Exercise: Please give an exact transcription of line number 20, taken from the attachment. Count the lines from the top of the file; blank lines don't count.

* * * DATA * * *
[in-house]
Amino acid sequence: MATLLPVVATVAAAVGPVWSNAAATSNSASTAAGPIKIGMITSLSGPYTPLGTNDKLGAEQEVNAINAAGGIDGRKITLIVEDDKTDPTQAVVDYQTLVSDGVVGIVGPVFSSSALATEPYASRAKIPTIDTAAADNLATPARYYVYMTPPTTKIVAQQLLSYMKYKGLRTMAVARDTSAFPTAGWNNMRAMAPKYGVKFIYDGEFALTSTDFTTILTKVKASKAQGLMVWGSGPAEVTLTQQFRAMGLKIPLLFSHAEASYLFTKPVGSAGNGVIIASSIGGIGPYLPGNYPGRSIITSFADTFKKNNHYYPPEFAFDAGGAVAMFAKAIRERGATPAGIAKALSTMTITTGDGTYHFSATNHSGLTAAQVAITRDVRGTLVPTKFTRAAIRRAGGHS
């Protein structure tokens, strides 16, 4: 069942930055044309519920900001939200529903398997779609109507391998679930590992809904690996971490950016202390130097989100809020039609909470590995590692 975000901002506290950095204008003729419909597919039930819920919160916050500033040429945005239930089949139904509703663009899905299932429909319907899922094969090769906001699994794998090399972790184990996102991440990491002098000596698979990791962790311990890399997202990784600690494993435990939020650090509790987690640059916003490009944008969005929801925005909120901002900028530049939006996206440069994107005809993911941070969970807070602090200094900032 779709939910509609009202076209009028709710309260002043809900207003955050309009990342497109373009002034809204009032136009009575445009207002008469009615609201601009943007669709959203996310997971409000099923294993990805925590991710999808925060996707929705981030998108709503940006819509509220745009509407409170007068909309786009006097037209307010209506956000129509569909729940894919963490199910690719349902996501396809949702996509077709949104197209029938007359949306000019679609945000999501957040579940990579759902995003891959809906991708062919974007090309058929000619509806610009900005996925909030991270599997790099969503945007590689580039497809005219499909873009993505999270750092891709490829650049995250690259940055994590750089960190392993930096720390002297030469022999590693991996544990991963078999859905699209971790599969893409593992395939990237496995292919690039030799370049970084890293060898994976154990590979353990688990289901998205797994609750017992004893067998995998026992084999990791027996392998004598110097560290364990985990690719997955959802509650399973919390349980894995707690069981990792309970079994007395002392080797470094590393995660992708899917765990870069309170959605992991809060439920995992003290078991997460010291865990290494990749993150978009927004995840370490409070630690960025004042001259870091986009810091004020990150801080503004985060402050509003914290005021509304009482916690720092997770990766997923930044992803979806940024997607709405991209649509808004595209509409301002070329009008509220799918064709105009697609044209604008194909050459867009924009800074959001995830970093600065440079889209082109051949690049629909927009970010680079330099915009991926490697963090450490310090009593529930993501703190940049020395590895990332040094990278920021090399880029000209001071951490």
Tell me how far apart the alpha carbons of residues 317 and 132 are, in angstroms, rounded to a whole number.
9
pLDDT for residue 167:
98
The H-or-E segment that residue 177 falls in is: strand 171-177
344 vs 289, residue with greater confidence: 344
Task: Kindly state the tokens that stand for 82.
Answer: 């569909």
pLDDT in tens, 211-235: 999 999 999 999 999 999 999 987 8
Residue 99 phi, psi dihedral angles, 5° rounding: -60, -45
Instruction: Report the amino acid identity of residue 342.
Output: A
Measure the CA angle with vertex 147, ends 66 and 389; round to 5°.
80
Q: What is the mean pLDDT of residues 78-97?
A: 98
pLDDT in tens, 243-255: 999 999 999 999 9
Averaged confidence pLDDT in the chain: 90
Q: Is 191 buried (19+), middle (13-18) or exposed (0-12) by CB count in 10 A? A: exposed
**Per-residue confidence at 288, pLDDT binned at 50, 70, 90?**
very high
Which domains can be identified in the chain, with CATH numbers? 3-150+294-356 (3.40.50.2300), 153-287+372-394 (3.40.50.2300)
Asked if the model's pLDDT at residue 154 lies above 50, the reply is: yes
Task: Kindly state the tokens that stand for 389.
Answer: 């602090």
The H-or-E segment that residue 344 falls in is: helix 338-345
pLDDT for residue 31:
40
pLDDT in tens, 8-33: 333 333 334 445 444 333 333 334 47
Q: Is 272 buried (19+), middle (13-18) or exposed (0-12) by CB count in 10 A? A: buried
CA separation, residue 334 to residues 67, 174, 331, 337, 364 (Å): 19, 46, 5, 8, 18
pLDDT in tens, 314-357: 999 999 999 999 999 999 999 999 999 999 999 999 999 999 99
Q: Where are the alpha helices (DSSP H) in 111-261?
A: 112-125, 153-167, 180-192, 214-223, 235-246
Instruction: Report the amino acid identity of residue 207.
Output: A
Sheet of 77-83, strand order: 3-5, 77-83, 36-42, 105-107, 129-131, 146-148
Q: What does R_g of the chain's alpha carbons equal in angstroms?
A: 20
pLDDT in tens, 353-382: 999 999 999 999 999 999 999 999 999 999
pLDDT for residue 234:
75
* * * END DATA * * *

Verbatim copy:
pLDDT in tens, 243-255: 999 999 999 999 9